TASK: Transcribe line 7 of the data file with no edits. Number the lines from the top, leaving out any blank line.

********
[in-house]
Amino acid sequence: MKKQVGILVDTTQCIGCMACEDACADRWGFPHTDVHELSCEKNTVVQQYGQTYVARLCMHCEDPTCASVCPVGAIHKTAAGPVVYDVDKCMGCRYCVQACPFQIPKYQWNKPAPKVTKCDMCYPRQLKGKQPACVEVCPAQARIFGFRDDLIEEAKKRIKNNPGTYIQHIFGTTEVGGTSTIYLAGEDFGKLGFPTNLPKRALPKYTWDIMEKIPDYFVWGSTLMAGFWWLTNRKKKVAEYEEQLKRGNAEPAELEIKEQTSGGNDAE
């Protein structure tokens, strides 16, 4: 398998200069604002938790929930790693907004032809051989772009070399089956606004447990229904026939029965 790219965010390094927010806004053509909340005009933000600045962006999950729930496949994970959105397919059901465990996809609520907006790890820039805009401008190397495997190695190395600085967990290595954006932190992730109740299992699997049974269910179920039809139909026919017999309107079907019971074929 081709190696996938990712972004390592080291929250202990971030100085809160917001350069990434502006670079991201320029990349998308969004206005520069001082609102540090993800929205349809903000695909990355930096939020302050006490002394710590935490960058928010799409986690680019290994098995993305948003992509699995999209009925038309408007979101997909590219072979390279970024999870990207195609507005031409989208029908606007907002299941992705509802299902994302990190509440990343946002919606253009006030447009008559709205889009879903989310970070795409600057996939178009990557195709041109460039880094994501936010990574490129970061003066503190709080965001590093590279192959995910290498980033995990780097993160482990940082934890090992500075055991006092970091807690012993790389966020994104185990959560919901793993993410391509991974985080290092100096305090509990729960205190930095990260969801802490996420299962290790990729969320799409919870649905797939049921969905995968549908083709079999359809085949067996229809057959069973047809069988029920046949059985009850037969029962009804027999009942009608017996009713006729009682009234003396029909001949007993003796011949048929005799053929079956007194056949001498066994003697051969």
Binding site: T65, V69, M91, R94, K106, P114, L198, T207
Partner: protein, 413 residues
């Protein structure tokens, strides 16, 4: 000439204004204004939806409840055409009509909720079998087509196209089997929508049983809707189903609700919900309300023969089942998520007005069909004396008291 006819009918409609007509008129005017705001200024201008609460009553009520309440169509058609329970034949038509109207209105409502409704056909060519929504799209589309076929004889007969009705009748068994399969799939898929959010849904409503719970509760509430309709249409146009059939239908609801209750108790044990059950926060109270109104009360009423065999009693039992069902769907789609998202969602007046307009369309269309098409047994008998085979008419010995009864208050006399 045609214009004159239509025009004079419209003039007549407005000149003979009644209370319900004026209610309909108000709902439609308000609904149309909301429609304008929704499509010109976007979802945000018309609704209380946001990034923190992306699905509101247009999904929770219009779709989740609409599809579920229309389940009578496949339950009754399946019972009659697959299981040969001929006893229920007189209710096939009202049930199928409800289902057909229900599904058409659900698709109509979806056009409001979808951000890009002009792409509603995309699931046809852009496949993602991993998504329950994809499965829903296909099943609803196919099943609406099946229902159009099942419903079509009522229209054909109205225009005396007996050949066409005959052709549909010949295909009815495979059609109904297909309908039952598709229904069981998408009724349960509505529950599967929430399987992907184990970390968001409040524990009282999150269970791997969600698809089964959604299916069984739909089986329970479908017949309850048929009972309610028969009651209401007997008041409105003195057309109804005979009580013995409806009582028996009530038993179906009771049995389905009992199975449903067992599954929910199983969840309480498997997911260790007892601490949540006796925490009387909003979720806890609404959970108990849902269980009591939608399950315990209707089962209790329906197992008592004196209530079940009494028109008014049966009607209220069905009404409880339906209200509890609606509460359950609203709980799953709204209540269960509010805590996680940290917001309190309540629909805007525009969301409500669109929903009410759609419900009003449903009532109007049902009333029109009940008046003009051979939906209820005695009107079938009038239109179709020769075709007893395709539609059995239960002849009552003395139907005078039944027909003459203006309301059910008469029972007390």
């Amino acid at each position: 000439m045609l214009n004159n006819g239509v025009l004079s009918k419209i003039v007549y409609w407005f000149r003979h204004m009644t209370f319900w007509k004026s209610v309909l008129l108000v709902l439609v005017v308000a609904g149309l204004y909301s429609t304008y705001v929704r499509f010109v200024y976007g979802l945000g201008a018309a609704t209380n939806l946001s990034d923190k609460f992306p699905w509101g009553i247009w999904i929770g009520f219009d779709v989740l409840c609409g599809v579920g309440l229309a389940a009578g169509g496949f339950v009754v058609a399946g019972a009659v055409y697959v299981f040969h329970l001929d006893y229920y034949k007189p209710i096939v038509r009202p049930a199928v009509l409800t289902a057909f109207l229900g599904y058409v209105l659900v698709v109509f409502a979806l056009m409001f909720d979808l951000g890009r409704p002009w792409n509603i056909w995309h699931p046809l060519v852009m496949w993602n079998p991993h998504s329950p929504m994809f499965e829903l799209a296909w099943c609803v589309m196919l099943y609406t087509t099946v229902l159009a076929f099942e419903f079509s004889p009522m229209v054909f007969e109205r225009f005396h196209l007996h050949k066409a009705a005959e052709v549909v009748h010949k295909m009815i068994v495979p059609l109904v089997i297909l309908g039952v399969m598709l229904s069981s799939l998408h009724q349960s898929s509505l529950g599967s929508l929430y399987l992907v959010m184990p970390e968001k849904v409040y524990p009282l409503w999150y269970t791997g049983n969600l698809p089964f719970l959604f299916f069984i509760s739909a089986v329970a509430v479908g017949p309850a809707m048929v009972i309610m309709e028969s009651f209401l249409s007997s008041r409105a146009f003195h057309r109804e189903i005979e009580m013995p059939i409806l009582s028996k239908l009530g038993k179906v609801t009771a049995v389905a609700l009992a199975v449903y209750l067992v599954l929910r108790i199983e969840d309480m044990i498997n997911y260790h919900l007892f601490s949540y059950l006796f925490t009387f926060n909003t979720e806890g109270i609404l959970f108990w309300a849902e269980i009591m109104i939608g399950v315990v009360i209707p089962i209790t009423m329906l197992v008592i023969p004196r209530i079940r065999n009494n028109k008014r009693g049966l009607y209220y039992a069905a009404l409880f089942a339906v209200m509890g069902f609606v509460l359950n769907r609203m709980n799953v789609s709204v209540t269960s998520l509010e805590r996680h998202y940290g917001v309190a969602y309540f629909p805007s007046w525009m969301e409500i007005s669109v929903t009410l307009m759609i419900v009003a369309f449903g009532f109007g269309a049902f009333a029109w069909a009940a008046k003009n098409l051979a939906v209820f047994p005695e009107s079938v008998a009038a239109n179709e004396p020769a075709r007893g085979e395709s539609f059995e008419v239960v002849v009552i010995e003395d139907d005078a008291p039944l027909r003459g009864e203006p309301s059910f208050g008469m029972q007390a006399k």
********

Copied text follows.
């Amino acid at each position: 000439m045609l214009n004159n006819g239509v025009l004079s009918k419209i003039v007549y409609w407005f000149r003979h204004m009644t209370f319900w007509k004026s209610v309909l008129l108000v709902l439609v005017v308000a609904g149309l204004y909301s429609t304008y705001v929704r499509f010109v200024y976007g979802l945000g201008a018309a609704t209380n939806l946001s990034d923190k609460f992306p699905w509101g009553i247009w999904i929770g009520f219009d779709v989740l409840c609409g599809v579920g309440l229309a389940a009578g169509g496949f339950v009754v058609a399946g019972a009659v055409y697959v299981f040969h329970l001929d006893y229920y034949k007189p209710i096939v038509r009202p049930a199928v009509l409800t289902a057909f109207l229900g599904y058409v209105l659900v698709v109509f409502a979806l056009m409001f909720d979808l951000g890009r409704p002009w792409n509603i056909w995309h699931p046809l060519v852009m496949w993602n079998p991993h998504s329950p929504m994809f499965e829903l799209a296909w099943c609803v589309m196919l099943y609406t087509t099946v229902l159009a076929f099942e419903f079509s004889p009522m229209v054909f007969e109205r225009f005396h196209l007996h050949k066409a009705a005959e052709v549909v009748h010949k295909m009815i068994v495979p059609l109904v089997i297909l309908g039952v399969m598709l229904s069981s799939l998408h009724q349960s898929s509505l529950g599967s929508l929430y399987l992907v959010m184990p970390e968001k849904v409040y524990p009282l409503w999150y269970t791997g049983n969600l698809p089964f719970l959604f299916f069984i509760s739909a089986v329970a509430v479908g017949p309850a809707m048929v009972i309610m309709e028969s009651f209401l249409s007997s008041r409105a146009f003195h057309r109804e189903i005979e009580m013995p059939i409806l009582s028996k239908l009530g038993k179906v609801t009771a049995v389905a609700l009992a199975v449903y209750l067992v599954l929910r108790i199983e969840d309480m044990i498997n997911y260790h919900l007892f601490s949540y059950l006796f925490t009387f926060n909003t979720e806890g109270i609404l959970f108990w309300a849902e269980i009591m109104i939608g399950v315990v009360i209707p089962i209790t009423m329906l197992v008592i023969p004196r209530i079940r065999n009494n028109k008014r009693g049966l009607y209220y039992a069905a009404l409880f089942a339906v209200m509890g069902f609606v509460l359950n769907r609203m709980n799953v789609s709204v209540t269960s998520l509010e805590r996680h998202y940290g917001v309190a969602y309540f629909p805007s007046w525009m969301e409500i007005s669109v929903t009410l307009m759609i419900v009003a369309f449903g009532f109007g269309a049902f009333a029109w069909a009940a008046k003009n098409l051979a939906v209820f047994p005695e009107s079938v008998a009038a239109n179709e004396p020769a075709r007893g085979e395709s539609f059995e008419v239960v002849v009552i010995e003395d139907d005078a008291p039944l027909r003459g009864e203006p309301s059910f208050g008469m029972q007390a006399k």